Gabor's signal expansion and the Gabor transform for a general, non-separable sampling geometry

Martin J. Bastiaans and Arno J. van Leest

Recently a new sampling lattice - the quincunx lattice - has been introduced [1] as a sampling geometry in the Gabor scheme, which geometry is different from the traditional rectangular sampling geometry. The quincunx lattice is just one example of the general class of non-separable time-frequency lattices. In this paper we will show how results that hold for rectangular sampling (see, for instance, [2,3]) can be transformed to the general, non-separable case.

Gabor's signal expansion and the Gabor transform are formulated on a general, non-separable time-frequency lattice instead of on the traditional rectangular lattice. The representation of the general lattice is based on the rectangular lattice via a shear operation, which corresponds to a description of the general lattice by means of a lattice generator matrix that has the Hermite normal form. The shear operation on the lattice is associated with simple operations on the signal, on the synthesis and the analysis window, and on Gabor's expansion coefficients; these operations consist of multiplications by quadratic phase terms. Following this procedure, the well-known biorthogonality condition for the window functions in the rectangular sampling geometry, can be directly translated to the general case. In the same way, a modified Zak transform can be defined for the non-separable case, with the help of which Gabor's signal expansion and the Gabor transform can be brought into product forms that are identical to the ones that are well known for the rectangular sampling geometry.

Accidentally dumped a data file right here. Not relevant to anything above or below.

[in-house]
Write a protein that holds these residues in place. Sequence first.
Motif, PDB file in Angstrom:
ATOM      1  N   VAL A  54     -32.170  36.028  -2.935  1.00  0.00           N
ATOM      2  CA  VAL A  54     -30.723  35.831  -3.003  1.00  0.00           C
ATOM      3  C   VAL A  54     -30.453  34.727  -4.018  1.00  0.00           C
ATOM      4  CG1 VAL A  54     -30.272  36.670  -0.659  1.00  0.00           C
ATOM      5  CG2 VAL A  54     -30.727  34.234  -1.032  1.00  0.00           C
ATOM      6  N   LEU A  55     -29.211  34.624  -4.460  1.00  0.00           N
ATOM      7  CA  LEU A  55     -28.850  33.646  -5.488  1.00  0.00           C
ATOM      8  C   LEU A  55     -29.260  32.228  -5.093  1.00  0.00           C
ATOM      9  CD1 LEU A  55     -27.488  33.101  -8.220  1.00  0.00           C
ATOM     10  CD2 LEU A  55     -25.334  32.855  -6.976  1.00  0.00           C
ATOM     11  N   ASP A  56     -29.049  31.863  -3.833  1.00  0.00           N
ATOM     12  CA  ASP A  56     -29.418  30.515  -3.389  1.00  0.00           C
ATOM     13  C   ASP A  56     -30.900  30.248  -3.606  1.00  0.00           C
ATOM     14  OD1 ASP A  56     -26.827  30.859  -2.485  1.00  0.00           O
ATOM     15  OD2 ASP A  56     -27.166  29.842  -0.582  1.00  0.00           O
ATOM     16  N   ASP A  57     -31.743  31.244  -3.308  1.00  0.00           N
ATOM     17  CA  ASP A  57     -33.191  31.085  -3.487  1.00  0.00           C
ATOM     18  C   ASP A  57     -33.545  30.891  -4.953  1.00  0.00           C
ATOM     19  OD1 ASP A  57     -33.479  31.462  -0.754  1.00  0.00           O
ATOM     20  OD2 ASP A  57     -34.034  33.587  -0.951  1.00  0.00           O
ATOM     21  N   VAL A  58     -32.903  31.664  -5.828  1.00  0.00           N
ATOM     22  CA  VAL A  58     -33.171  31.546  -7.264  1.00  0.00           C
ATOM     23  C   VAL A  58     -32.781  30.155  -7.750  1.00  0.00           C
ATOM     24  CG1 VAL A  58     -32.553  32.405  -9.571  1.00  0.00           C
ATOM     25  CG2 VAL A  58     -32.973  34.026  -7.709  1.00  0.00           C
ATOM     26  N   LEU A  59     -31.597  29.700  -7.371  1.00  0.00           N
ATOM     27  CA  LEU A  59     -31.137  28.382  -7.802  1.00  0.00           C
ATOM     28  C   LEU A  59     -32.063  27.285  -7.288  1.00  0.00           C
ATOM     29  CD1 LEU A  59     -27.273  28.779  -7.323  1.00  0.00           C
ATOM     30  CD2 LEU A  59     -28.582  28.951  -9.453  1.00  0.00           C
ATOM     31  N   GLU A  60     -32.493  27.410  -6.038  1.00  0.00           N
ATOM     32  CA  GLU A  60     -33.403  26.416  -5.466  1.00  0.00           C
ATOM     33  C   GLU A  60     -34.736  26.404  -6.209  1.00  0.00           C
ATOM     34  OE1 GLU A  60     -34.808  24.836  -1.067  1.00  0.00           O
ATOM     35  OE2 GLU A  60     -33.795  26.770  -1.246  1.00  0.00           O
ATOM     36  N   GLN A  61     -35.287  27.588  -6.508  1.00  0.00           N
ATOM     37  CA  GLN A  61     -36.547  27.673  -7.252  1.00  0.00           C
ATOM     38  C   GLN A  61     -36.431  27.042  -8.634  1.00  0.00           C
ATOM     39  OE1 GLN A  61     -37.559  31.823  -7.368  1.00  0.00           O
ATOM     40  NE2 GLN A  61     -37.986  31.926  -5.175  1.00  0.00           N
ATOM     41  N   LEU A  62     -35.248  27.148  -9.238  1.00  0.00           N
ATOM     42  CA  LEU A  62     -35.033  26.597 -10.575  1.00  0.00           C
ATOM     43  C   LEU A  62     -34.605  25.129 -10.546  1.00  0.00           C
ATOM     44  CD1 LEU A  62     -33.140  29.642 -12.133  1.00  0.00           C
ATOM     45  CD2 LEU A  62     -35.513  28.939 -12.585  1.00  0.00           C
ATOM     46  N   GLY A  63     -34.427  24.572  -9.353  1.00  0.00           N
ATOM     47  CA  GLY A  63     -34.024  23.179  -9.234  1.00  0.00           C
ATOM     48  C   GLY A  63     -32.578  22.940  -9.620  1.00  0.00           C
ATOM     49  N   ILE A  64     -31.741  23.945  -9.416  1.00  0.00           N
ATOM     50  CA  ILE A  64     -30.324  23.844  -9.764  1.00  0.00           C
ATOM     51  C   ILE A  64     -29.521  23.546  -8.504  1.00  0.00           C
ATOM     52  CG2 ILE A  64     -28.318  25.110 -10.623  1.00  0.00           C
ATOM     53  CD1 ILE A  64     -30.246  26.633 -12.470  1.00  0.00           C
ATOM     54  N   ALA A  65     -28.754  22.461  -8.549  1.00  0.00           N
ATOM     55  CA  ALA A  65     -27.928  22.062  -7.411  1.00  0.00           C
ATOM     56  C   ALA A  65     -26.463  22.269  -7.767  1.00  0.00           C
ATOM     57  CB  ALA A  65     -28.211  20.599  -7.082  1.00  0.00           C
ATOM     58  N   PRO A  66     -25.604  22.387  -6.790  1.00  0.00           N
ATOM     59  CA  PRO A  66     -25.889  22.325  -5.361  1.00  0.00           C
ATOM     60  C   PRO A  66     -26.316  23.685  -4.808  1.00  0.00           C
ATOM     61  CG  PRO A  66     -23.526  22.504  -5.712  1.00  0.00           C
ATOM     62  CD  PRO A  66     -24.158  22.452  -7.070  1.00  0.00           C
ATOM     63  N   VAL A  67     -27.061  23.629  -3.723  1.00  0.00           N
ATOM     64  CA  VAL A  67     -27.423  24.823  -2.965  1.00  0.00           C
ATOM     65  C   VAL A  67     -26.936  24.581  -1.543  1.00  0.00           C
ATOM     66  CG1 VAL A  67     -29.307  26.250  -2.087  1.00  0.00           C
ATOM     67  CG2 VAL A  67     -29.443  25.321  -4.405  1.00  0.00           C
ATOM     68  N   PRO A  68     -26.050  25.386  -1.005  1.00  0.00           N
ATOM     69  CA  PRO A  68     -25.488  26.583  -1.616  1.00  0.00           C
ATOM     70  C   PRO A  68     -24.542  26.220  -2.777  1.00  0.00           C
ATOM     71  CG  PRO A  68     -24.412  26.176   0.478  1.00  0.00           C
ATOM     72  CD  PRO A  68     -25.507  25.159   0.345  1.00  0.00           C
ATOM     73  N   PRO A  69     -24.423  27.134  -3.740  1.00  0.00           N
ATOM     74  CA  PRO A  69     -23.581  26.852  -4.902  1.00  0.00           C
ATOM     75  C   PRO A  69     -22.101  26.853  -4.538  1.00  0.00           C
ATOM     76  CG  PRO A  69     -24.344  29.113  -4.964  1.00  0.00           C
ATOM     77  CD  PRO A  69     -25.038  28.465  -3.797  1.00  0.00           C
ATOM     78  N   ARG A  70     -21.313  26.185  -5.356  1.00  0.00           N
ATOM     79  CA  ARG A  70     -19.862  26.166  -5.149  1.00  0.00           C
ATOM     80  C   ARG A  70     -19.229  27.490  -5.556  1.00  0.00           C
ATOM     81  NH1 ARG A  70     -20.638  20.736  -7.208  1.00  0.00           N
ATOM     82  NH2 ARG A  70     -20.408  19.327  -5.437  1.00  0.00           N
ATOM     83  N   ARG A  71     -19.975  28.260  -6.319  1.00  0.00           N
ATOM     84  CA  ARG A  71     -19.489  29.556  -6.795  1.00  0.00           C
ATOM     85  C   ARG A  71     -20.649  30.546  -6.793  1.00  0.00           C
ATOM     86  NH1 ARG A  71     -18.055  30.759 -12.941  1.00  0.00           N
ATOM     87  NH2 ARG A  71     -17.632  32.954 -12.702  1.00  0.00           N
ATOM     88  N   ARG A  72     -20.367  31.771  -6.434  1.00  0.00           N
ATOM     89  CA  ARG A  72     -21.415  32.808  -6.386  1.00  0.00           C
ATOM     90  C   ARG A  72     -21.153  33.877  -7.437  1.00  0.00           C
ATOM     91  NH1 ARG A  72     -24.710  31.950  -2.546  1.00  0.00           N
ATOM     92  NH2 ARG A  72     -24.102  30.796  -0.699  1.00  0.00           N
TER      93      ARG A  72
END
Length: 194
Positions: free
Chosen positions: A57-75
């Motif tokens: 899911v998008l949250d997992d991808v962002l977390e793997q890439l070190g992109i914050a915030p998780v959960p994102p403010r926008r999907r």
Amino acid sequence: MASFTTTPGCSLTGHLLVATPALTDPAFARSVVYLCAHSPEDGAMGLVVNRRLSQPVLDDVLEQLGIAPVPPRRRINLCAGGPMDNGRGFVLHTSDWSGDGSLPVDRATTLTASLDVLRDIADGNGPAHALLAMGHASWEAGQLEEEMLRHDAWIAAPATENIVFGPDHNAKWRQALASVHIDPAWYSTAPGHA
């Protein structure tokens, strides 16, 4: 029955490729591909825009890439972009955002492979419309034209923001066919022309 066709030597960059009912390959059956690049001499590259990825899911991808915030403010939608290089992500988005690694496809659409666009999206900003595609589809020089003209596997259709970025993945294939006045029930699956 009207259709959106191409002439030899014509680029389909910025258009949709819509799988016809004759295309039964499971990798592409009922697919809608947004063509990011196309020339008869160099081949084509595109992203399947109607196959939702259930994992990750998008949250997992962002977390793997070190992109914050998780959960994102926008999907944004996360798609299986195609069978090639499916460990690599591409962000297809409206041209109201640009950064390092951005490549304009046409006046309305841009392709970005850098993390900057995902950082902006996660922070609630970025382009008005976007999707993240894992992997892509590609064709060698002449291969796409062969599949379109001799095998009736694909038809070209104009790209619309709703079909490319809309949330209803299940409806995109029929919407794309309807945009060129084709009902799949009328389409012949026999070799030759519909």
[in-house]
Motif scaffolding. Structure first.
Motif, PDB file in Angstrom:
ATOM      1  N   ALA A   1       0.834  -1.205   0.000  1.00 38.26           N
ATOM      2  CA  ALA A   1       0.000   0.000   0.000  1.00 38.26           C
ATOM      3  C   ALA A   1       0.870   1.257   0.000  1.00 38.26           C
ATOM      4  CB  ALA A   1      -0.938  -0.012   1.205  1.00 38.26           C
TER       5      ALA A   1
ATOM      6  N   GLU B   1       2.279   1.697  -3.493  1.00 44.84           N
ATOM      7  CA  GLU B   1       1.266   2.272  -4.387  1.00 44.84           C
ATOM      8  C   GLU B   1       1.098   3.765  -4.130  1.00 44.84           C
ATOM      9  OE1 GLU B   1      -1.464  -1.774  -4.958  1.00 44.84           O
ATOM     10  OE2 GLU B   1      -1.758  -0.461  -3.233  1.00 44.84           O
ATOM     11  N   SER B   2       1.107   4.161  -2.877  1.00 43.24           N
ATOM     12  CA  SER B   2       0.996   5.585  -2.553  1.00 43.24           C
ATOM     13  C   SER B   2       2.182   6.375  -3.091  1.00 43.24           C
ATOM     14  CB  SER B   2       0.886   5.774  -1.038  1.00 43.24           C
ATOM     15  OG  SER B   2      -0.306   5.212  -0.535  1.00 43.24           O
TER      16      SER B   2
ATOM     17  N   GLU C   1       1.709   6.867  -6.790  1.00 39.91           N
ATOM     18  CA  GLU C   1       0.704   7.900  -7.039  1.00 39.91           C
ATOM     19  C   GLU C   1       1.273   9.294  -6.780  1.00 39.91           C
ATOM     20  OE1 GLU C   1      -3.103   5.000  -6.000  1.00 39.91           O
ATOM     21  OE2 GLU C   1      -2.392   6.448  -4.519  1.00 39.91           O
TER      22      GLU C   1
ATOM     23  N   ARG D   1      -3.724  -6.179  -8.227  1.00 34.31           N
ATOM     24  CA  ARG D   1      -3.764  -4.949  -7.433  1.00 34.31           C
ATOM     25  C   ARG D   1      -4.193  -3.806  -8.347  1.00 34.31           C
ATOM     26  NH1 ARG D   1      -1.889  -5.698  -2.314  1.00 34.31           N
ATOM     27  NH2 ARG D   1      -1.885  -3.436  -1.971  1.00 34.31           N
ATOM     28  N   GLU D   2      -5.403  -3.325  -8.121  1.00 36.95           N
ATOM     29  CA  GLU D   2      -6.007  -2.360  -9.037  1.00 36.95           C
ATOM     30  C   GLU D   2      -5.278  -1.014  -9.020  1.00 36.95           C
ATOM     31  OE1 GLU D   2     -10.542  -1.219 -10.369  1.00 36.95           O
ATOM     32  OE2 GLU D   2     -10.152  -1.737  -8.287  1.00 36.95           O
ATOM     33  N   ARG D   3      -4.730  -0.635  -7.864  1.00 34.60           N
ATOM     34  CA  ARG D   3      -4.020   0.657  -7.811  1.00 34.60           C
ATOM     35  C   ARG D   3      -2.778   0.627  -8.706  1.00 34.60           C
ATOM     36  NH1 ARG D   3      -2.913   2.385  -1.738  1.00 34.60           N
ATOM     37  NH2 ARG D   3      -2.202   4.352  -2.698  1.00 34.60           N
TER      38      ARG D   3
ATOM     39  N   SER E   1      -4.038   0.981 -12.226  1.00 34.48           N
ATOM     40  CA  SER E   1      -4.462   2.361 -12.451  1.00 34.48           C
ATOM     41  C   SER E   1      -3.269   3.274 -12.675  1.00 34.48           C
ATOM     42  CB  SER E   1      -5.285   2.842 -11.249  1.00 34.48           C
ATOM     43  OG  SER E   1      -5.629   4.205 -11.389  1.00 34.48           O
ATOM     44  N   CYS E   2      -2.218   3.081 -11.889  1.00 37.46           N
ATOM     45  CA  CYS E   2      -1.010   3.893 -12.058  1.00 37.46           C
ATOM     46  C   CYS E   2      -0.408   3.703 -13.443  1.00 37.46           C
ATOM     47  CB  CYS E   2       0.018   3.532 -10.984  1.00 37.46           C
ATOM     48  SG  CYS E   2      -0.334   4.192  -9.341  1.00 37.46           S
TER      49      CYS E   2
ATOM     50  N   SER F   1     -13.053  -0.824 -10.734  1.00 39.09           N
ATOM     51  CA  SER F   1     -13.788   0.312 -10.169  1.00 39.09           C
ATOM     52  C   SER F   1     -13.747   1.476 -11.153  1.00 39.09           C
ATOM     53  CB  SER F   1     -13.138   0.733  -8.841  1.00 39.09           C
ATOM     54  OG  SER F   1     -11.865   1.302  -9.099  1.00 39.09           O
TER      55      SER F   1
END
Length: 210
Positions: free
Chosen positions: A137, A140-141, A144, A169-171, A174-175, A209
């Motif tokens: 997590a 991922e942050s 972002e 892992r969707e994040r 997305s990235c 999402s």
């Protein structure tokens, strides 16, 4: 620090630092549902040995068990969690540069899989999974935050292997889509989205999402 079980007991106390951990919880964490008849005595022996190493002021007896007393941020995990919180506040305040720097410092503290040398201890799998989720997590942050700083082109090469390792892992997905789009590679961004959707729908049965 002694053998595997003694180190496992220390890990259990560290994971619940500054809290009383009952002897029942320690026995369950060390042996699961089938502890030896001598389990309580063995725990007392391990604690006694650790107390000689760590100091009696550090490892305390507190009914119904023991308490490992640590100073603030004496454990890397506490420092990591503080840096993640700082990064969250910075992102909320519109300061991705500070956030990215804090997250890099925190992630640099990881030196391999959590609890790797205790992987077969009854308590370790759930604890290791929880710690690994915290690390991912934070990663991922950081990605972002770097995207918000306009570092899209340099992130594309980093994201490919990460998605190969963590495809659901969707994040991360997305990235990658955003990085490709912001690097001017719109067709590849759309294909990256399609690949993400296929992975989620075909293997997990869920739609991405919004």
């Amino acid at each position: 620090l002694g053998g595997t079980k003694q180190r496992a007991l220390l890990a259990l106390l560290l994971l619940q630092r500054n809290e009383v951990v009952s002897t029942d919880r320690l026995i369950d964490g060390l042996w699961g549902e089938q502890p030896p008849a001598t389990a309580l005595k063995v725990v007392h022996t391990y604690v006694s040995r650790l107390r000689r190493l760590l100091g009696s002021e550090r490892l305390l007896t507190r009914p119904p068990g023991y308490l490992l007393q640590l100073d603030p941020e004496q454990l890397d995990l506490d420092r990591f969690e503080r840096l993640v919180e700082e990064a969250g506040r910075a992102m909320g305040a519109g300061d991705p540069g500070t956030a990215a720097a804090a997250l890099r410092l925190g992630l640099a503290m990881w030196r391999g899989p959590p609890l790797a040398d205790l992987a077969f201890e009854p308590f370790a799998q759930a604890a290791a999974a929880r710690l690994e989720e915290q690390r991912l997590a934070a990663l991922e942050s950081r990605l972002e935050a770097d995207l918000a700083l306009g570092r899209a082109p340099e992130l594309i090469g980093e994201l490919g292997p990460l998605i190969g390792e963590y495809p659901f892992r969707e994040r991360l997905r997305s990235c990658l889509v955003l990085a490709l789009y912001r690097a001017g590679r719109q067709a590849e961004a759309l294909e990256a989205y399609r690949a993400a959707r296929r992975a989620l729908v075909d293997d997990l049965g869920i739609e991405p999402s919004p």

1. P. Prinz, "Calculating the dual Gabor window for general sampling sets," IEEE Trans. Signal Processing, 44 (1996) 2078-2082.
  2. M.J. Bastiaans, "Gabor's signal expansion and its relation to sampling of the sliding-window spectrum," in Advanced Topics in Shannon Sampling and Interpolation Theory, R.J. Marks II, Ed., Springer, New York (1993) 1-35.
  3. H.G. Feichtinger and T. Strohmer, Eds., Gabor Analysis and Algorithms: Theory and Applications. Berlin: Birkhauser (1998).

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